In Japan, the obvious comparison for Durarara!! is Baccano!, which is also due for Blu-ray release by Anime Limited. The two titles are linked intimately. The original Baccano! novels were also written by Ryogo Narita, and the anime versions share key credits (see below). Both sprawl with huge casts of outrageous characters, and both love time-shifts, skipping back and forth in their stories and getting the audience to piece the events together. Durarara!!, though, is relatively lightweight, usually just skipping a few hours, or replaying scenes from different perspectives. Baccano!, as anyone who’s seen it knows, skips years and centuries, though its main action takes place in the gangster-era America of the 1930s.
You certainly don’t need to have seen Baccano! to enjoy Durarara!!, although they’re apparently set in the same world. Baccanno!’s two most popular characters, a bungling Bonnie and Clyde pair called Isaac and Miria, make passing cameos in Ikebukuro. Beyond Baccano!, you might compare Durarara!! to anime shows like Boogiepop Phantom or Paranoia Agent. Like Durarara!!, they use multiple viewpoints, Tokyo backgrounds, non-linear stories and supernatural creatures wrapped in mystery… except Durarara!!, for all its dark and shocking moments, feels far cheerier, more benign than them. (Here’s a more obscure comparison. Has anyone noticed that the music associated with the “Dollars” gang, a collective brought together by the internet, sounds close to James Horner’s theme for the vintage net activist film Sneakers?)
The benign comedy may be the reason why Durarara!! has lasted so long. The books have run thirteen volumes so far, with more promised by Narita. Meanwhile, as anime fans know, the TV series – first broadcast in 2010 – has returned to Japanese screens, with twelve episodes this spring, and more seasons coming this summer and next spring. The sequels are collectively known as Durarara!!x2, individually called “Sho,” “Ten” and “Ketsu.” Anime Limited has licenced them for future release.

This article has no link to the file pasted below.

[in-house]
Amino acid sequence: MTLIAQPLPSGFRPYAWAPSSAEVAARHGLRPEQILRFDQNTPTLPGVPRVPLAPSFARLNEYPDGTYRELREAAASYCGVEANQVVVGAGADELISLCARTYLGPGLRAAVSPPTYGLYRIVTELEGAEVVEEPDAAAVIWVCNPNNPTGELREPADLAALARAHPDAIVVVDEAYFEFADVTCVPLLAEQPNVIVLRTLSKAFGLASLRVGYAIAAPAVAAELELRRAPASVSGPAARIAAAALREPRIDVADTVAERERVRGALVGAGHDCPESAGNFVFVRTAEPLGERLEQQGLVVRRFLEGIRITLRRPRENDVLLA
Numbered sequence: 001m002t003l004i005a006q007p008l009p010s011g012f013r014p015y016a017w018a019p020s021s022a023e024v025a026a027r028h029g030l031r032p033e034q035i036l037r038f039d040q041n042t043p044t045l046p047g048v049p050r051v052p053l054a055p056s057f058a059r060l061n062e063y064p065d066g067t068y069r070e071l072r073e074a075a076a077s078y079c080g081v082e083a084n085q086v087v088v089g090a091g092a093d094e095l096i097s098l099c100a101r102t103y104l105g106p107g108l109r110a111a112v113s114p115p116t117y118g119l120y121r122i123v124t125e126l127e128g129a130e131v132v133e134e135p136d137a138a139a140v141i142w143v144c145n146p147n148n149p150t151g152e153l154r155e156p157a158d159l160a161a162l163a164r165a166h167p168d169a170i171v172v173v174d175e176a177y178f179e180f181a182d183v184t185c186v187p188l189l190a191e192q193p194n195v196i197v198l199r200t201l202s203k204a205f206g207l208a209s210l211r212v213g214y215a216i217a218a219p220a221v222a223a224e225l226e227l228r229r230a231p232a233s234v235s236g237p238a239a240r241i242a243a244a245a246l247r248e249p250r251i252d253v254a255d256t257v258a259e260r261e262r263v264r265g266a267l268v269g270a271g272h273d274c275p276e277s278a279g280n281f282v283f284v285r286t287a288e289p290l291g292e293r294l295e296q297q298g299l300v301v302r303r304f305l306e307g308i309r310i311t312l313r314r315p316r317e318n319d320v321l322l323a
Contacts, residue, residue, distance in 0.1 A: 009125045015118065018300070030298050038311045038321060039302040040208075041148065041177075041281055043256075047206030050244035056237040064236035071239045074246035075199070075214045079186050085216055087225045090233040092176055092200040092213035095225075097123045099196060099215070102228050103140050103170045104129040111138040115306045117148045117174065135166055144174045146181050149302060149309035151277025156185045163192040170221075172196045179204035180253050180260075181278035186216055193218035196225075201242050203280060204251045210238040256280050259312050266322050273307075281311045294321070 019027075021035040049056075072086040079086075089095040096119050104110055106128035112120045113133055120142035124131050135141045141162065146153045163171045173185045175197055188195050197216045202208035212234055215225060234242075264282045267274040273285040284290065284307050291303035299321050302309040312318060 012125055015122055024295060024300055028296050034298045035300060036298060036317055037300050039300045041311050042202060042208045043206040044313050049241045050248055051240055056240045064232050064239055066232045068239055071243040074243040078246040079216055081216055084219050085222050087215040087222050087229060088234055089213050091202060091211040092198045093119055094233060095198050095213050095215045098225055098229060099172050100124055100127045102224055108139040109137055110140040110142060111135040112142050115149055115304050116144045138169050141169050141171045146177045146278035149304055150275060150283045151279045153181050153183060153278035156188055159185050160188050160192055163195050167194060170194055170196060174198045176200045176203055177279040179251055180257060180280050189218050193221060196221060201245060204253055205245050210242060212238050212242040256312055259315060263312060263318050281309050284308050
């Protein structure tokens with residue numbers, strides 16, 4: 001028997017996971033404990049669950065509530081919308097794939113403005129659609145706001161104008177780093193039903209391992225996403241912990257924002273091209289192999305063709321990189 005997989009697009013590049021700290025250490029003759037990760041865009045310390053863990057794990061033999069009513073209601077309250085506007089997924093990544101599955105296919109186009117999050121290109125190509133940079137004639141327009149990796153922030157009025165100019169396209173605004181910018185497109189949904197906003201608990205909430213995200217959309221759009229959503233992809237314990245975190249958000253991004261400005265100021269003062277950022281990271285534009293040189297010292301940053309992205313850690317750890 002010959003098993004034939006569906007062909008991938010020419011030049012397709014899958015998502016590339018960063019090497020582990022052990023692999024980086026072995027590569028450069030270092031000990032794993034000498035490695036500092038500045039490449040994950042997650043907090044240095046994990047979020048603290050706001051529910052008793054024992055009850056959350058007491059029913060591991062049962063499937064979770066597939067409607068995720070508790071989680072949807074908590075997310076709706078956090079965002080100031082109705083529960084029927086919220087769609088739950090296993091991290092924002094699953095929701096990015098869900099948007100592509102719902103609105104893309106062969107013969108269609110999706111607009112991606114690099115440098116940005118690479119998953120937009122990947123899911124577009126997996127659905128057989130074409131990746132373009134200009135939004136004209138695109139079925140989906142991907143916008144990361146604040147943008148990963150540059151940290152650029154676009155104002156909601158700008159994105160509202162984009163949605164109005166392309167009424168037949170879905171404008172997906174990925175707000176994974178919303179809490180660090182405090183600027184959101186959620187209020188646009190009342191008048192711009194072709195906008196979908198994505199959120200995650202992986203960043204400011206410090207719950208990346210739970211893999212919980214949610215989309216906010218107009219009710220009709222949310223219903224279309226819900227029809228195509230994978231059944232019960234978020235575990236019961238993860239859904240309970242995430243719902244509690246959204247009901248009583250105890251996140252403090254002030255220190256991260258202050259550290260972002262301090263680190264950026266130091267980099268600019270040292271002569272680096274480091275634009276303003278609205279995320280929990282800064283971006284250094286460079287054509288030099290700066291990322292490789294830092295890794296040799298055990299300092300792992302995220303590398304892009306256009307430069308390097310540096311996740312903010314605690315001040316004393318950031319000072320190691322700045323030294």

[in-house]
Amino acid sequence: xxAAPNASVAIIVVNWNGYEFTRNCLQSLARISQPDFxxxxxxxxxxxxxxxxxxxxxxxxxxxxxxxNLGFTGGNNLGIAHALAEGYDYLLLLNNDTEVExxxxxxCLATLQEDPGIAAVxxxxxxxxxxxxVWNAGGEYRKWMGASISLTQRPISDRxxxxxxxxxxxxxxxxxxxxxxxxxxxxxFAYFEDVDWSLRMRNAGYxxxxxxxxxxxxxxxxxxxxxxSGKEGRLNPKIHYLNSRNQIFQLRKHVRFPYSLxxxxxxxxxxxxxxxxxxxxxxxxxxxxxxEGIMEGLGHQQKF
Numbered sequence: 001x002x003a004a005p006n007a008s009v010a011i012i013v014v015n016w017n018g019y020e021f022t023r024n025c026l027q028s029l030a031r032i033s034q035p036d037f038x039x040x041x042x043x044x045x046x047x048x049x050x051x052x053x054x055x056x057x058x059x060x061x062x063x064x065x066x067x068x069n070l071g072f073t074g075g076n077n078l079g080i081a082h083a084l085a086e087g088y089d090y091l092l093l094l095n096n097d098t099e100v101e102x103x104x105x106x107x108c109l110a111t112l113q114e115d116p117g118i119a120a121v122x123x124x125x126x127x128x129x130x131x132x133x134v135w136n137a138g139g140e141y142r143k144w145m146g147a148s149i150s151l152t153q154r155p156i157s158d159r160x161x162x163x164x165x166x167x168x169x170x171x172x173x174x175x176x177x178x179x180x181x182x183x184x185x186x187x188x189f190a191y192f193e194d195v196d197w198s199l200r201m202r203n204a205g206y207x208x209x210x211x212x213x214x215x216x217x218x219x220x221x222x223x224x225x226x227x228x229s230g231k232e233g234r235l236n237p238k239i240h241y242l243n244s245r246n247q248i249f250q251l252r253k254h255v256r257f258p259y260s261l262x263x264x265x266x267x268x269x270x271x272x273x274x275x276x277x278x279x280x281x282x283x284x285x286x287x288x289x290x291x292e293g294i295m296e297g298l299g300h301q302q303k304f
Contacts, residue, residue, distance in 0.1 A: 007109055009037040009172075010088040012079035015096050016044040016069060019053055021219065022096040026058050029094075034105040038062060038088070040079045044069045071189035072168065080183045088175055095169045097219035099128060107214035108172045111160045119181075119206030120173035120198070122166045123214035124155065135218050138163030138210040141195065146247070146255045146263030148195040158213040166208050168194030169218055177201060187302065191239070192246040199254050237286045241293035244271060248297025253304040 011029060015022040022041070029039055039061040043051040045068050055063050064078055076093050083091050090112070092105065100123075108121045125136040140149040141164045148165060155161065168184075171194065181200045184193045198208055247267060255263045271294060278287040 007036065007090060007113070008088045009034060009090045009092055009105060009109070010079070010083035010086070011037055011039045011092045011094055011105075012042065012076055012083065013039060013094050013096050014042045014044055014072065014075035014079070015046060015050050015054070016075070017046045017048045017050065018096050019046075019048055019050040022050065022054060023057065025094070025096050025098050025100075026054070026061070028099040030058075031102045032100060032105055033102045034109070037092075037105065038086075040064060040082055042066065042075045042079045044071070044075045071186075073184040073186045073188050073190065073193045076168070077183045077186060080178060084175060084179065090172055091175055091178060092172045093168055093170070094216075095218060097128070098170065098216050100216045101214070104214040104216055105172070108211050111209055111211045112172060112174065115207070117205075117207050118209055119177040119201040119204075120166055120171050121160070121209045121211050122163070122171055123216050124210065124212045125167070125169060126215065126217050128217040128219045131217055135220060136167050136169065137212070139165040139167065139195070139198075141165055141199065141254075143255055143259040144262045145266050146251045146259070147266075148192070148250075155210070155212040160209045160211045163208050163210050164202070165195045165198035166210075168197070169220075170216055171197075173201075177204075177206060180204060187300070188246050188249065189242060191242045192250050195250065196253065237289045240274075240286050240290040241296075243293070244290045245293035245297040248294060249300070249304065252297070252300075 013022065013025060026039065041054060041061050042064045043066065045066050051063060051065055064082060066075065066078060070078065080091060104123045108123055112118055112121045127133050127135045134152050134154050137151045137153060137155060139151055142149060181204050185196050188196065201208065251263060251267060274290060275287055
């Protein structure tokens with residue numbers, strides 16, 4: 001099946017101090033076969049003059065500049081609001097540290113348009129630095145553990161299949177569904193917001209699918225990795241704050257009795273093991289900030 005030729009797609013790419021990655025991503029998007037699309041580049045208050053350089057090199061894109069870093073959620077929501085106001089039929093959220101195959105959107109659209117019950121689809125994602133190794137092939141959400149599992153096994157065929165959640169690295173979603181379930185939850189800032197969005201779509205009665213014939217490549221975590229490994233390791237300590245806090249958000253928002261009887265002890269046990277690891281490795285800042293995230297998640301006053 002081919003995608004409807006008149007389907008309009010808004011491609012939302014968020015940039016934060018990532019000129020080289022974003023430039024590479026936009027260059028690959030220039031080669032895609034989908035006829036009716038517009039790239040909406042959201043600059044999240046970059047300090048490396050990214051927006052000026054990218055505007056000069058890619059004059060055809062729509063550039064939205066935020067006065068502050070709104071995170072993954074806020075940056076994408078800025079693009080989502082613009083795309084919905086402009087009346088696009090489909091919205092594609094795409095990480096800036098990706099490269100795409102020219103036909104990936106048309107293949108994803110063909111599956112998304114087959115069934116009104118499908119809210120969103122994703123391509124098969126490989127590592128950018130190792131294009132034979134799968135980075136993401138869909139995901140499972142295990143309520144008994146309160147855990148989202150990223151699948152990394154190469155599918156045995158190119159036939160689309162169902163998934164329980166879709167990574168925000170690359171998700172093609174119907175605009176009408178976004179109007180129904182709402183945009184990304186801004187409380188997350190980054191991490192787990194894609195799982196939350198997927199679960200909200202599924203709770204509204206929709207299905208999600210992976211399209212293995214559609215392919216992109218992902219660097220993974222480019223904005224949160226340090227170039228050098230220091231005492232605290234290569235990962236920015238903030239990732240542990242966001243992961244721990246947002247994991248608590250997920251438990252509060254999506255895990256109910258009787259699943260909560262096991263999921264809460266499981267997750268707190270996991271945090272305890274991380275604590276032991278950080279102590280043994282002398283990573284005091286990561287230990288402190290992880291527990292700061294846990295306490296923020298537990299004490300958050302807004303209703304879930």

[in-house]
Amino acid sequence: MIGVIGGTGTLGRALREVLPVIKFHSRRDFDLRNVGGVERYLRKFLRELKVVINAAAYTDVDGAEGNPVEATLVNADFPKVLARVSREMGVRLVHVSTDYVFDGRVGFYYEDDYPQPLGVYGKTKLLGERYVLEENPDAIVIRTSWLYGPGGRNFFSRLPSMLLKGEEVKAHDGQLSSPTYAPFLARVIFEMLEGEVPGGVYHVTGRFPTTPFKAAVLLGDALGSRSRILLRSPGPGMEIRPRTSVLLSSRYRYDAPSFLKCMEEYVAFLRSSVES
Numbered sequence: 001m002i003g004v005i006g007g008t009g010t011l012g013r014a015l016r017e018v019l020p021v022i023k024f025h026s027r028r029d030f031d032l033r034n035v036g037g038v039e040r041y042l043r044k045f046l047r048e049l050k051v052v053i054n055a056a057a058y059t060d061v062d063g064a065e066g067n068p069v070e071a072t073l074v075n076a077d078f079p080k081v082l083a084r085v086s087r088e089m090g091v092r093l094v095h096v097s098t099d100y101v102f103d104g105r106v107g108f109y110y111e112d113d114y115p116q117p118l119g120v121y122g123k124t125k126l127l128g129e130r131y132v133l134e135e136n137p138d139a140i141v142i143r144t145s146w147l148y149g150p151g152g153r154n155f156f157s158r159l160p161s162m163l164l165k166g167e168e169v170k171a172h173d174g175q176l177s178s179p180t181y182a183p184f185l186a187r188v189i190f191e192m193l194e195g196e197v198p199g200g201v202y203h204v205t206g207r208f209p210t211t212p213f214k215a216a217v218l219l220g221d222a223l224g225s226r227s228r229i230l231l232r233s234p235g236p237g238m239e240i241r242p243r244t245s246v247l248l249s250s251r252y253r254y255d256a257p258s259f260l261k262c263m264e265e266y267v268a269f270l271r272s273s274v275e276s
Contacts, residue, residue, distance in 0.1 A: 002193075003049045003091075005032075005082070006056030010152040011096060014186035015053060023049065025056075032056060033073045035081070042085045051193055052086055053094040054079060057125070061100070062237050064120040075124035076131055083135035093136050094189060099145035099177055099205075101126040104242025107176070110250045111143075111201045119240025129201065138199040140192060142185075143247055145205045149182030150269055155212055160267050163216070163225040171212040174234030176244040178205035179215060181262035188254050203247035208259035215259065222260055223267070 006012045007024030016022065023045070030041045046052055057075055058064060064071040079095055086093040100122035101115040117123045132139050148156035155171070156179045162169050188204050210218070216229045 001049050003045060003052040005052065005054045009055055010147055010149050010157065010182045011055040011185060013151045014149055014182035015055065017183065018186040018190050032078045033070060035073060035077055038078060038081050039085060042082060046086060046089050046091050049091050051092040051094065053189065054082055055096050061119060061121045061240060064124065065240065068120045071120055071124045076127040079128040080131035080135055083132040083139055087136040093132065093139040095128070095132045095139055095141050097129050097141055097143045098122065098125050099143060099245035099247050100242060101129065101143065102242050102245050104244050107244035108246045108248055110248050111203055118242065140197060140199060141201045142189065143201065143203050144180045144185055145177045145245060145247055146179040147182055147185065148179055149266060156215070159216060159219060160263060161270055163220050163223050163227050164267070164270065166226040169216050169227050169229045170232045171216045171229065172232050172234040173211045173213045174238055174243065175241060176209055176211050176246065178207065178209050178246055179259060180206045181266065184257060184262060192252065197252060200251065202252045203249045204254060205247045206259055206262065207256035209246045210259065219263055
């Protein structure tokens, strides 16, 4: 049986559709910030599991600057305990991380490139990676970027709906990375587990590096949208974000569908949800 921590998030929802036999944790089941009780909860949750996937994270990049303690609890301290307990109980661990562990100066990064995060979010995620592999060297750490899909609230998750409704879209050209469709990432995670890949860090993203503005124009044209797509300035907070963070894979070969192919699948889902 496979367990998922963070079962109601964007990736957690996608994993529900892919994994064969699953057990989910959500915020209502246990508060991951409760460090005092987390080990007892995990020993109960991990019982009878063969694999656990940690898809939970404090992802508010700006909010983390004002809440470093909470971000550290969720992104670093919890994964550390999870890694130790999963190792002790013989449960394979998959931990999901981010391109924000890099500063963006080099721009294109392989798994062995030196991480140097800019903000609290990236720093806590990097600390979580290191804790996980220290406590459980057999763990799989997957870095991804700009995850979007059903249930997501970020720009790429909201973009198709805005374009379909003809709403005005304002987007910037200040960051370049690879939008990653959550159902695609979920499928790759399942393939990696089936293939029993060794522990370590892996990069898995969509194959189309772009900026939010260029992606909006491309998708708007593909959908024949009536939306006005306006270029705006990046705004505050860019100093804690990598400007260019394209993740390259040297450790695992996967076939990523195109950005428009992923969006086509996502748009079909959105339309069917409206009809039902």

There may be a four-year gap between Durarara!! and Durarara!!x2, not to mention a change in studio – the original series was made by Brain’s Base, which also made the Baccano! anime, while the x2 series are made by a new outfit, Shuka. Nonetheless, there’s an impressive effort to make the transition feel seamless; fans may nitpick, but the sequel looks and sounds much the same, albeit with a ramping up of the lunatic humour to even greater extremes.
Of course, much of the continuity is down to the main talent staying on, including director Takahiro Omori, series compositor Noboru Takagi, character designer Takahiro Kishida and musician Makoto Yoshimori. The quartet worked together on both the old and new Durarara!! shows, as well as Baccano! (From whatever quirk of fate, they also all worked together on the risky incest-themed anime drama Koi Kaze – scary considering the sibling relationships in Durarara!!)
There’s a similar continuity in the voice-cast, with a host of famous names including a wonderful turn by Jun Fukuyama (Lelouch in Code Geass) as the scalpel-happy “doctor” Shinra who adores a woman without a head. Then there’s Mamoru Miyano (Light in Death Note) as schoolboy Masaomi; Kana Hanazawa (Shiemi in Blue Exorcist) as the withdrawn schoolgirl Anri; and the great Akio Ohtsuka (Batou in Ghost in the Shell, Captain Nemo in Nadia) sending himself up as Shinra’s gasmasked dad Shingen. And at Durarara!!’s centre, Celty is voiced by Miyuki Sawashiro, the current voice of Fujiko in the Lupin the Third franchise, including the acclaimed Woman Called Fujiko Mine series and this year’s Italian-co-production. Celty and Fujiko – just imagine what a crossover that could be…